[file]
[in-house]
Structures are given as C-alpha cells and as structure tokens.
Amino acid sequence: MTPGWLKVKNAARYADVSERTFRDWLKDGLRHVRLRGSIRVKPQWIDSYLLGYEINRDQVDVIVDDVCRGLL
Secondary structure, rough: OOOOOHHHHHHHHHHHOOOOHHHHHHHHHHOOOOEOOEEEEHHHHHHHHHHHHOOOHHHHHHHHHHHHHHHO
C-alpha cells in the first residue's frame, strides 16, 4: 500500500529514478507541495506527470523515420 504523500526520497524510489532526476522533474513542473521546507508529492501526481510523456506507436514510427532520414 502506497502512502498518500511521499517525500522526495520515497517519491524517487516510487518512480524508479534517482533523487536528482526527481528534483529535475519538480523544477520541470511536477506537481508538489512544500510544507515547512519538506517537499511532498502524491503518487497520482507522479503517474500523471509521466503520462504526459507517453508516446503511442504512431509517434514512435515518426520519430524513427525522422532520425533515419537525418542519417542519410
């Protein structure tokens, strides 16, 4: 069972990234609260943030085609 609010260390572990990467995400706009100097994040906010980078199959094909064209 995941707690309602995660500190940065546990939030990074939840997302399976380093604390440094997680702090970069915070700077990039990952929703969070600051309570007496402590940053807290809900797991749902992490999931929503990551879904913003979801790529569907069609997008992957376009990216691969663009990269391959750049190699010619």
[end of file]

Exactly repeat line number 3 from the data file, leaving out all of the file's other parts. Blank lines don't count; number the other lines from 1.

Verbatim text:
Amino acid sequence: MTPGWLKVKNAARYADVSERTFRDWLKDGLRHVRLRGSIRVKPQWIDSYLLGYEINRDQVDVIVDDVCRGLL